Around four million properties are privately rented in England, and it is estimated that 20% of households will be within this sector by 2016.
With such a large proportion of the housing stock belonging to the industry, it is not surprising that things can go wrong. This can sometimes lead a landlord to repossess their rental property, or recover lost rent.
If a landlord needs to repossess their property, they should ensure that they stay within the law. There are a few reasons for ending a contract and taking hold of the home:
Properties that have been damaged, suffered problems, or are unsuitable for tenants may need major repairs, requiring the property to be empty.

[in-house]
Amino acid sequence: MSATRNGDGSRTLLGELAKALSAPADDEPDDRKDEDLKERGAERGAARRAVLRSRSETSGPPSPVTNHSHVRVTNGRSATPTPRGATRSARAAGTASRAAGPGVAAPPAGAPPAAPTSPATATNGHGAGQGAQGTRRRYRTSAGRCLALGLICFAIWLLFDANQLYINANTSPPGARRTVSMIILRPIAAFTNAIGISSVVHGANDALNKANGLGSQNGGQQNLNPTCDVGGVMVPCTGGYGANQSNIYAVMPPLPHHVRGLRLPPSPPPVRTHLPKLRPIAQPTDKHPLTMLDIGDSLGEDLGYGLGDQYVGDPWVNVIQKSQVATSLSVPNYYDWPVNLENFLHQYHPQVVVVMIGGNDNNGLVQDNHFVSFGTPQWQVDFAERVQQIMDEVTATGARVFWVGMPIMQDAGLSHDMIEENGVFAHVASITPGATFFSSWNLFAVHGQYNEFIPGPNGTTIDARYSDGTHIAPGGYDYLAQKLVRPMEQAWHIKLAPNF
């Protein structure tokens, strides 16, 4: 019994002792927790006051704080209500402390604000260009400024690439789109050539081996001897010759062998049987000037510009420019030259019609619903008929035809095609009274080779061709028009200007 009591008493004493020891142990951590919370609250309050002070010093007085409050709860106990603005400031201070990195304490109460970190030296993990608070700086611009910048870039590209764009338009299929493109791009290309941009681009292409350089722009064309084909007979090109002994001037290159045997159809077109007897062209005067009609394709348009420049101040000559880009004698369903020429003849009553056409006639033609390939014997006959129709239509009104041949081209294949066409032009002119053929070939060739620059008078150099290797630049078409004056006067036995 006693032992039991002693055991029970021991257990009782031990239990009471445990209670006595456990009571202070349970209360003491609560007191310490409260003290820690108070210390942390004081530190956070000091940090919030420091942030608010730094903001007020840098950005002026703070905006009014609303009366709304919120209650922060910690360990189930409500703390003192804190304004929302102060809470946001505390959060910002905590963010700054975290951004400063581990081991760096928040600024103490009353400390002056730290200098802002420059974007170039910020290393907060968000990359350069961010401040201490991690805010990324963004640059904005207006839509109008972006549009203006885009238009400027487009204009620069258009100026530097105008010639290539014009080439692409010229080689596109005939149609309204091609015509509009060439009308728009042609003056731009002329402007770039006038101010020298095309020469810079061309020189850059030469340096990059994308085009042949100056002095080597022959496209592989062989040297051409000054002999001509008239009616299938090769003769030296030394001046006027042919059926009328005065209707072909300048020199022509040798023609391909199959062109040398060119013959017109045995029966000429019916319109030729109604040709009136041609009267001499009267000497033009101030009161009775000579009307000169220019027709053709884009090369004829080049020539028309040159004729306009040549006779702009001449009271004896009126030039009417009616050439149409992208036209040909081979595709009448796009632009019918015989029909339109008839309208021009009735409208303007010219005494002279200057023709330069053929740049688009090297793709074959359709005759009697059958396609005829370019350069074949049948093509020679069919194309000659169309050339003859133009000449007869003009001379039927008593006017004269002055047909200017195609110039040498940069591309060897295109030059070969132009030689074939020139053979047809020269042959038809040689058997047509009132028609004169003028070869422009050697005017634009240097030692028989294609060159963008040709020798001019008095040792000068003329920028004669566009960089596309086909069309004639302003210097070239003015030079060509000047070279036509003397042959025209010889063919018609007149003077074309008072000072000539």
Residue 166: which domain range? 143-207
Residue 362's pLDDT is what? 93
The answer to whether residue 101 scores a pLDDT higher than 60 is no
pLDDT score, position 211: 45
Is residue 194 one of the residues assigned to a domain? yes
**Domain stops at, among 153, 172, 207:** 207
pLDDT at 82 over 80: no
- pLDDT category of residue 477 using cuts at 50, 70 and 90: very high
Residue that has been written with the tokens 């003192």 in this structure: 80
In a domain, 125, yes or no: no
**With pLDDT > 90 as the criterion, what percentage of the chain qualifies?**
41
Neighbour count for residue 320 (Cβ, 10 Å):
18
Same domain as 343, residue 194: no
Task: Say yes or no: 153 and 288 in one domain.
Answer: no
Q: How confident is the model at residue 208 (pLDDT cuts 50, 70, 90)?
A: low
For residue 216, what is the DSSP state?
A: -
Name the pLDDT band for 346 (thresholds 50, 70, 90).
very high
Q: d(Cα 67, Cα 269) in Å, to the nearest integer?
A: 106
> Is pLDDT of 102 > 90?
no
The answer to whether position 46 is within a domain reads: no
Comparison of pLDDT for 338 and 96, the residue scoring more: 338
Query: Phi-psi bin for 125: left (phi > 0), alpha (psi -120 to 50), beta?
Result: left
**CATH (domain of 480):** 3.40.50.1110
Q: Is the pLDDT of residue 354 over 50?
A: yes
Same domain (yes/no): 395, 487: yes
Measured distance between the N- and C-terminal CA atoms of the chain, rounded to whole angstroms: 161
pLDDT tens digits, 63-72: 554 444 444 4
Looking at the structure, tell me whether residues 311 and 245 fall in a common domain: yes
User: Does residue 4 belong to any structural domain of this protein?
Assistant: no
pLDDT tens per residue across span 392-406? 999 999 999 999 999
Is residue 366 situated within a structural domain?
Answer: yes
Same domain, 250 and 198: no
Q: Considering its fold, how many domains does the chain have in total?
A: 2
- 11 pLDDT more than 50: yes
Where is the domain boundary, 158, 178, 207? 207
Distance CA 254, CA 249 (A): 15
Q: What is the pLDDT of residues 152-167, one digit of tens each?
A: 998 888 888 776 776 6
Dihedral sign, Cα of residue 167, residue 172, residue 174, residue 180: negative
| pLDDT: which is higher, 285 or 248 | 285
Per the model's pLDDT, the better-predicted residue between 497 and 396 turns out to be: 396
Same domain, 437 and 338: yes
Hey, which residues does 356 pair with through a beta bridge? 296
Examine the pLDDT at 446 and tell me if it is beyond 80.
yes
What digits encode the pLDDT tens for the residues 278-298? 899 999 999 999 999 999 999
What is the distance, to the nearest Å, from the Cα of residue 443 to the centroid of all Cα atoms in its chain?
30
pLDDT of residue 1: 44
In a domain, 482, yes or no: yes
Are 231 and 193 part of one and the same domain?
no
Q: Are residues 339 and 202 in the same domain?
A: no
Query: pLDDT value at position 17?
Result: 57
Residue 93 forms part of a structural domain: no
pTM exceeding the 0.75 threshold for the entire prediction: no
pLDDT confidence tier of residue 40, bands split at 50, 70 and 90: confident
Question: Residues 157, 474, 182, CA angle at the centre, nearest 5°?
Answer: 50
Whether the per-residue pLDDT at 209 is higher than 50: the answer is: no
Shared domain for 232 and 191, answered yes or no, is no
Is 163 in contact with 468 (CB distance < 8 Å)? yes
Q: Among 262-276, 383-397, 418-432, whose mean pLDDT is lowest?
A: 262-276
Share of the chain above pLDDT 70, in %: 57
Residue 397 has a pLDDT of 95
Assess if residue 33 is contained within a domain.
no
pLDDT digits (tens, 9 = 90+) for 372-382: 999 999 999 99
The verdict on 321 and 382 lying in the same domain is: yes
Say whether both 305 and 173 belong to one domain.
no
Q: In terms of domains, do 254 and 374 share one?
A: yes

Landlord’s Repossession Rights
The landlord has the right to sell their property when they decide.
- Rent arrears
This issue should be dealt with immediately, before the landlord loses too much income.
This is a rare situation, but should it happen, the landlord should ensure that the property has definitely been abandoned before going in and finding new tenants.
- Bad rapport
If the tenant and landlord do not have a good relationship, landlords can face many problems, including loss of rent. Landlords should always act quickly and professionally.
Repossessing a rental property can be expensive, as rent can be lost, and there are costs for regaining the house, including legal expenses.
The section 8 notice is pricey and time-consuming. The better option is a section 21 notice, needing two months’ notice before the Assured Shorthold Tenancy (AST) ends, or when it is over. Landlords should always observe the law and protect deposits.